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Lehigh Valley’s Unemployment Rate Dropped Slightly in July

By Nicole Radzievich Mertz on September 1, 2020

Lehigh Valley Unemployment Rate in July

Lehigh Valley’s unemployment rate in July slid nearly a half percent, new state data shows. (Graphic/Liz Martin)

Lehigh Valley’s unemployment rate in July slid nearly a half percent to 13.8%, a modest drop suggesting that the economic recovery could be gradual even as thousands of jobs are added to the regional payroll, new state data shows.

The unemployment rate is down from a peak of 16.6% in April but is still more than three times as much as it was before the business the economic downturn brought on by the COVID-19 pandemic.

The number of unemployed in July totaled 49,200 of a 356,900 Lehigh Valley labor force, according to the preliminary data released Sept. 1 by the Pennsylvania Department of Labor and Industry.

The state also revised the June unemployment rate as 14.2%.

What do other indicators say: Despite the unemployment rate remaining in double-digits, Lehigh Valley employers have added jobs for three straight months. The number of non-farm jobs in the region went from a low of 322.1 million in April to 353.9 million in July, according to the U.S. Bureau of Labor Statistics’ preliminary estimates for that month. The Brookings Institution, a Washington, D.C-based think tank, ranked Lehigh Valley’s job growth percentage from July among the Top 10 for metropolitan regions between 500,000 and 1 million people.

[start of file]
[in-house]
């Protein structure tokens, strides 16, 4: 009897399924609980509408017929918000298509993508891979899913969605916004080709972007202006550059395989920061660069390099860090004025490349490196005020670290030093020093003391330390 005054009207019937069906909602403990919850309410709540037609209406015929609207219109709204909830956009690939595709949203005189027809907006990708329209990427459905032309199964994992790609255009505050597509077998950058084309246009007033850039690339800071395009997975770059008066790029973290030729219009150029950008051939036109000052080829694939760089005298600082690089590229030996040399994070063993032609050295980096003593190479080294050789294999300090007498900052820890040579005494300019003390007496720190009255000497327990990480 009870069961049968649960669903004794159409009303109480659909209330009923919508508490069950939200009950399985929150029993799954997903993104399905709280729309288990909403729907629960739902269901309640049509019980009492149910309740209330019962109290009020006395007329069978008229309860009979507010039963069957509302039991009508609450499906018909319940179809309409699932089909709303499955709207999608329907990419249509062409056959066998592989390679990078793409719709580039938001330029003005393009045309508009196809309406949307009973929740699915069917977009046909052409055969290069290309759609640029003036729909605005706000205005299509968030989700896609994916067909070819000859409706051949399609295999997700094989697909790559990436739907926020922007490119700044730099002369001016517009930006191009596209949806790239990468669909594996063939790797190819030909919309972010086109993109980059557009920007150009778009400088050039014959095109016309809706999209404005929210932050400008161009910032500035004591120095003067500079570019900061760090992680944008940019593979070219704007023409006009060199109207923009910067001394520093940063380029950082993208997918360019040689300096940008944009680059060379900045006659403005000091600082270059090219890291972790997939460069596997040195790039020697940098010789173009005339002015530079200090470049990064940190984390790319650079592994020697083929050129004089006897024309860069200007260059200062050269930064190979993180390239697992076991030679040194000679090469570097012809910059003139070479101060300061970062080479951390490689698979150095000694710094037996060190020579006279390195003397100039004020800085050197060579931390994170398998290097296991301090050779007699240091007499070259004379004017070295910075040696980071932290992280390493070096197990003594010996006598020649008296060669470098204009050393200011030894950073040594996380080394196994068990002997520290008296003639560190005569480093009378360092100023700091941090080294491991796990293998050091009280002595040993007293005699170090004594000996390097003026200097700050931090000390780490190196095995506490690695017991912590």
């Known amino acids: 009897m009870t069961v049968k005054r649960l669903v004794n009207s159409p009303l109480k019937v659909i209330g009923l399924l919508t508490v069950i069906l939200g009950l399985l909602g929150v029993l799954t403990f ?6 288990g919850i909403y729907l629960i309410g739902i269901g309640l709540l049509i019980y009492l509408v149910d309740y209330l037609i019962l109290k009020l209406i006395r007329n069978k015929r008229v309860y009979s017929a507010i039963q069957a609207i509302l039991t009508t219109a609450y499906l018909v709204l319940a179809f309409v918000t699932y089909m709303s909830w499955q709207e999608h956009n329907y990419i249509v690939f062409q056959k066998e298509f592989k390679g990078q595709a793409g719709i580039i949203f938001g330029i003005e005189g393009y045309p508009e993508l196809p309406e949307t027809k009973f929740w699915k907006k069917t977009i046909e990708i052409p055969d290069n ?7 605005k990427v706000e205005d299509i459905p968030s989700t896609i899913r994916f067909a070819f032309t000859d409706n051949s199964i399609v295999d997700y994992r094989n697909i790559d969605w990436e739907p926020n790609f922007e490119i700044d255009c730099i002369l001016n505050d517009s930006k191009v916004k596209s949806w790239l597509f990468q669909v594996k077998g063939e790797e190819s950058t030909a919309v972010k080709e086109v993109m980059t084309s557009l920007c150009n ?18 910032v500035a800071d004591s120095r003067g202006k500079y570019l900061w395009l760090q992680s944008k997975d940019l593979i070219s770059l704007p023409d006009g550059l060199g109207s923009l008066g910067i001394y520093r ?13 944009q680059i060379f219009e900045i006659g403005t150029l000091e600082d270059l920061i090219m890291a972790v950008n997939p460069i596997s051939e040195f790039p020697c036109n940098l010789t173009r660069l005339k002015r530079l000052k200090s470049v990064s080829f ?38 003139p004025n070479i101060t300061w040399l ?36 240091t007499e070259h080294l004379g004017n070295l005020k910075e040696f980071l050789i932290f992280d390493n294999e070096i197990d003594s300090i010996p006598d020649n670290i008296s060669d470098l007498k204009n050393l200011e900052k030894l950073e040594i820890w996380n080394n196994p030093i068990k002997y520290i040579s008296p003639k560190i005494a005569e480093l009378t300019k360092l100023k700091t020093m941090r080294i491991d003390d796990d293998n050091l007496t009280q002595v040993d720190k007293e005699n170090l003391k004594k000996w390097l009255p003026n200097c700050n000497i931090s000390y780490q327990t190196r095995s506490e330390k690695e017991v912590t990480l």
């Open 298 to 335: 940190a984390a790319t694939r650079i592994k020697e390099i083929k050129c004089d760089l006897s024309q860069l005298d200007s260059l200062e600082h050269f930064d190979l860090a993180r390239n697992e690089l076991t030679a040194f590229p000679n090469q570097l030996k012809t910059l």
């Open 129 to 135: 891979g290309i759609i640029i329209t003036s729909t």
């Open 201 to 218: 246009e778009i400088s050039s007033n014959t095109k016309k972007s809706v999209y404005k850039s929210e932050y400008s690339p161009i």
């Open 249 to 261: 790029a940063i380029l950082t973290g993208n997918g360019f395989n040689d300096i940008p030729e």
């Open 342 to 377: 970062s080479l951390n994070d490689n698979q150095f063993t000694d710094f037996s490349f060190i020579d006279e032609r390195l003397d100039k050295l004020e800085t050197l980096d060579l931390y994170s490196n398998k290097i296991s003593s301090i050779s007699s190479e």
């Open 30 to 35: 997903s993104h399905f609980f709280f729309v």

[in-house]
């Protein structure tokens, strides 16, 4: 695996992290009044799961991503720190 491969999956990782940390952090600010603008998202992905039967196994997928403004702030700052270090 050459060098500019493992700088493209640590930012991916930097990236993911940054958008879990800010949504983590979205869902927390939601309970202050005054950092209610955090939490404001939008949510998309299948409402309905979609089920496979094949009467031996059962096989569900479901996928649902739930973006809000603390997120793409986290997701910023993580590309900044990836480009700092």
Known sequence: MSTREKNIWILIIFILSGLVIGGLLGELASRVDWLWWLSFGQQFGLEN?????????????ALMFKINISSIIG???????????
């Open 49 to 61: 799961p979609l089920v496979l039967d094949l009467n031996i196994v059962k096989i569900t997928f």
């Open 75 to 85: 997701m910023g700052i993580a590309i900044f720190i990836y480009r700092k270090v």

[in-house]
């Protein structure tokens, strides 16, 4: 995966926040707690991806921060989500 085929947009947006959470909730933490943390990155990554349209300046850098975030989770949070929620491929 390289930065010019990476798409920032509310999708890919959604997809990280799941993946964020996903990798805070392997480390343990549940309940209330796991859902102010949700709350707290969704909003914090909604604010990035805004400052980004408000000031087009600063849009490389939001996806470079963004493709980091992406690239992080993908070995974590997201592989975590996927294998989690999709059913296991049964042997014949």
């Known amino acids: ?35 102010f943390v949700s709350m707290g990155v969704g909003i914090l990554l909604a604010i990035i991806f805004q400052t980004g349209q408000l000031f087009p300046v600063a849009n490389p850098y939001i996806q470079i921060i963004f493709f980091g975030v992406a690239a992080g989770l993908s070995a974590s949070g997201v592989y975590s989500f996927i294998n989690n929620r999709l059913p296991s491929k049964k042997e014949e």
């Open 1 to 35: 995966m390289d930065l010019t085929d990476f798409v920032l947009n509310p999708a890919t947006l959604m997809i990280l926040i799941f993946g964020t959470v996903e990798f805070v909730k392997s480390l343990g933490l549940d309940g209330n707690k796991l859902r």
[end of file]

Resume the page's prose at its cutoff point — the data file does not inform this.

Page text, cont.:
Online job postings, as measured by Chmura Economics JobsEQ platform, show some of the top positions advertised for are in the logistics industrial sector.

Lehigh Valley, which sits 90 minutes west of New York City and 60 minutes north of Philadelphia, is a hub for logistics.  Distribution and e-commerce centers have become an essential part of the quarantine economy where online shopping has gained momentum.

Lehigh Valley is among the top 10 regions in the country with the percentage of “exposed” workers – those who have jobs in demand during the pandemic and cannot work from home, according to a report published by Apartmentlist.com.

What’s next: The Pennsylvania Department of Labor and Industry reports the number of people who file initial unemployment claims fell by 100 to 1,246 in Lehigh and Northampton counties for the week ending Aug. 22. The people filing continuing claims continued to slowly drop from 33,027 the week ending Aug. 15 to 32,839 the week ending Aug. 22. That’s about half what it was at its peak in spring.

But the number for both claim types is still greater than February before the pandemic hit. Initial claims are about twice as much as they were at the end of February; continuing claims are five times greater.

Among the industrial sectors that make up a larger percentage of those claims is accommodation and food services at 20%, health care and social assistance at 15% and retail trade at 11%.

Millennials and Generation Z make up a greater portion of those continuing claims than other age groups, according to the state’s latest figures for the week ending August 22. It shows 38% of the claims in the Lehigh Valley are from people between 16-34 years old while that age group makes up 25% of the total population in Lehigh Valley.

Nearly 20% of the claims are from people 35-44 years old, 17% from 45-54, 16.5% from 55-64 and 8.4% from those 65 and older. Those age groups respectively comprise 25%, 12%, 13%, 14% and 18% of Lehigh Valley’s population.

What’s going on in the rest of Pennsylvania: The statewide unemployment rate crept up a half percent to 13.7% in July, according to seasonally adjusted, preliminary data released by the Department of Labor and Industry. It’s still more than three times what the unemployment rate was in July 2019.

The number of non-farm jobs statewide was 5.5 million, nearly 100,000 more than June, according to the U.S. Bureau of Labor Statistics. The July unemployment rate estimates 886,000 people are unemployed.

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